Like most safeties in LeBeau’s blitz-heavy scheme, Byard excelled in a variety of roles, from patrolling the deep middle, to running up the seam with opposing tight ends, to coming off the edge to pressure the quarterback. He hasn’t always been the man in coverage when he comes down with his interceptions, and a few of those big plays have come down to reading the quarterback’s eyes, recognizing route combinations, and getting himself to the right place at the right time. We saw that on Sunday when he stayed over the top of tight end James O’Shaughnessy’s route to reel in Bortles’s overthrow.

He picked off Joe Flacco twice in the Titans’ 23-20 win over the Ravens in Week 9, too, then came up with another big play late in the game, drifting to the corner of the end zone to knock away Flacco’s pass to Mike Wallace.

That ability to read the play and react quickly is the reason Byard knocked down so many passes this year. Early in the fourth quarter of the team’s 24-20 win over the Bengals in Week 10, the 24-year-old defensive back sat on an out route by tight end Tyler Kroft and closed on it almost instantly, knocking down the Andy Dalton pass.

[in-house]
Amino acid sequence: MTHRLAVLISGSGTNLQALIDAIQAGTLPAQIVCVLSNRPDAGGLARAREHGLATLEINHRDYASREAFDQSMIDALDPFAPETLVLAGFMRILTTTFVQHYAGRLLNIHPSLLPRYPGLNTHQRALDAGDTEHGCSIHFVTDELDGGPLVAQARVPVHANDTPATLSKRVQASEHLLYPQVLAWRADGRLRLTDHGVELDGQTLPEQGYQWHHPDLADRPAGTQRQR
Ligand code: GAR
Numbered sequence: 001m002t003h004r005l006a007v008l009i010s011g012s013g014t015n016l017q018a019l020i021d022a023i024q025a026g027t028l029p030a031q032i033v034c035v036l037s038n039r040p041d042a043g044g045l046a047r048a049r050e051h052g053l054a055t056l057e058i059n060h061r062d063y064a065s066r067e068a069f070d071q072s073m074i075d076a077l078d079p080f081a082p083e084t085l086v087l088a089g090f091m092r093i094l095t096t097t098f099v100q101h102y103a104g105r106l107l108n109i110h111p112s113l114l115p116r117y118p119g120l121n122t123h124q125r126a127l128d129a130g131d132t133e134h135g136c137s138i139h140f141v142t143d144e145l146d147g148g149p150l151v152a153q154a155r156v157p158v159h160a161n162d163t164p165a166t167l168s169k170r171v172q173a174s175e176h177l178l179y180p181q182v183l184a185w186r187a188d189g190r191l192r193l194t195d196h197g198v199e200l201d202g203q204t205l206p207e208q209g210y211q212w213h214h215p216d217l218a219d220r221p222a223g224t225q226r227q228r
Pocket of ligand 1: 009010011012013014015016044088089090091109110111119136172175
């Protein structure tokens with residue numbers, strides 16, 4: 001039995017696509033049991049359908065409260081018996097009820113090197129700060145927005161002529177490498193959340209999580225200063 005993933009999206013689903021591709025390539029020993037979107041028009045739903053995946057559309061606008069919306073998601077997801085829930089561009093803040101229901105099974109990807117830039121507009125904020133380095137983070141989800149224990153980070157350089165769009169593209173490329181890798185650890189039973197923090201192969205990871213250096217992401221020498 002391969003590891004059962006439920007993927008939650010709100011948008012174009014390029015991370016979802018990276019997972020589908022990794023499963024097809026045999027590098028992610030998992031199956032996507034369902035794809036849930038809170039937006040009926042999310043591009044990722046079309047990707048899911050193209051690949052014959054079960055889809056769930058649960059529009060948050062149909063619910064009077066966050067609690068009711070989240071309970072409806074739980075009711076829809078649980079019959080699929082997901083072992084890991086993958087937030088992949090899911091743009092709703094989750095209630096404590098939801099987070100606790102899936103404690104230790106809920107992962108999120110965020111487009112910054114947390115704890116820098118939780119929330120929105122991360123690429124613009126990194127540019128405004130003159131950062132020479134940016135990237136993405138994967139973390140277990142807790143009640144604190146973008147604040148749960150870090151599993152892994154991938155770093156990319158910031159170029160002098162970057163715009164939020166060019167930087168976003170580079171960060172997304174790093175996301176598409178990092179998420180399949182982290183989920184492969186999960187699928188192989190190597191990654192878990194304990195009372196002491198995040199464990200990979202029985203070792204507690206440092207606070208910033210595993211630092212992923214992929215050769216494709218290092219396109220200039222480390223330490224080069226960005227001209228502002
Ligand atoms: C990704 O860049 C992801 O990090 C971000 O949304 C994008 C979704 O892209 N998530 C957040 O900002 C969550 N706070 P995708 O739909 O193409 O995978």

He did the same thing in Tennessee’s 24-13 win over the Texans in Week 13, showing awareness of down and distance to jump Stephen Anderson’s route to the first-down marker to break up the pass and put Houston in a fourth-down situation.

Byard hasn’t been perfect this year. Per Pro Football Focus, he’s given up six touchdowns in coverage and missed nine tackles in coverage (second most among safeties). But his penchant for the big play—whether it’s well-timed interceptions, fumble recoveries, quarterback pressures, or late-game pass breakups—has far outweighed those hiccups and consistently provided a spark for an underperforming unit.


The Chiefs are more efficient and execute better than the Titans in most areas—and that’s why they’re favored by eight points on Saturday. But the winning formulas for both of these teams aren’t all that different. The two squads don’t run the same schemes on either side of the ball, but both rely on explosive plays on offense and game-changing takeaways on defense. When they can generate those two things, both can be pretty dangerous.

For Kansas City, cornerback Marcus Peters (five interceptions and three forced fumbles) has been the catalyst for takeaways and has helped mask the play of a defense that’s given up way too many yards (28th most). For the Titans, Byard’s been that similarly styled turnover creator, and this weekend, he’s the playmaker the Titans defense desperately needs. He’s bound to draw plenty of coverage on Travis Kelce, and it’ll go a long way if he can limit how much Kansas City can get the athletic tight end involved. But more than that, if Byard can take the ball away from Alex Smith and the Kansas City offense, it’ll put Tennessee well on its way to an upset.